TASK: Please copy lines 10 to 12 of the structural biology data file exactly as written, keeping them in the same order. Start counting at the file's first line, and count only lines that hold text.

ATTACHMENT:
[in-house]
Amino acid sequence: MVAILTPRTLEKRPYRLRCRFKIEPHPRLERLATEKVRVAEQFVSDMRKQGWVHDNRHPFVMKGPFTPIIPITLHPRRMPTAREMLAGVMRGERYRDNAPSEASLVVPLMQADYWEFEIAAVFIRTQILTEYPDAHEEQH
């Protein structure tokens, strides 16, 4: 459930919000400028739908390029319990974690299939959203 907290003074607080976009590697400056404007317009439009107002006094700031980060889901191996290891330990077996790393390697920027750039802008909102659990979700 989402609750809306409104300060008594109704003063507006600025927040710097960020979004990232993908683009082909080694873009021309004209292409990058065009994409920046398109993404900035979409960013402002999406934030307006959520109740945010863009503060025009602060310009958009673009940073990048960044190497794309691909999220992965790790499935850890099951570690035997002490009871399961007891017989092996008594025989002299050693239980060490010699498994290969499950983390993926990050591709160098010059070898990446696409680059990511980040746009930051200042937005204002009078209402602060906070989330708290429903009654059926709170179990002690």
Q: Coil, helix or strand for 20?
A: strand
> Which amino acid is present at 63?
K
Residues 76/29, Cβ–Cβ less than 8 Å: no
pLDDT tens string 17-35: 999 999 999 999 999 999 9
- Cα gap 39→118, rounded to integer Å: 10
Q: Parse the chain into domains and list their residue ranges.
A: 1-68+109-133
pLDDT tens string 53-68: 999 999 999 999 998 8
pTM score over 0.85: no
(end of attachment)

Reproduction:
- Cα gap 39→118, rounded to integer Å: 10
Q: Parse the chain into domains and list their residue ranges.
A: 1-68+109-133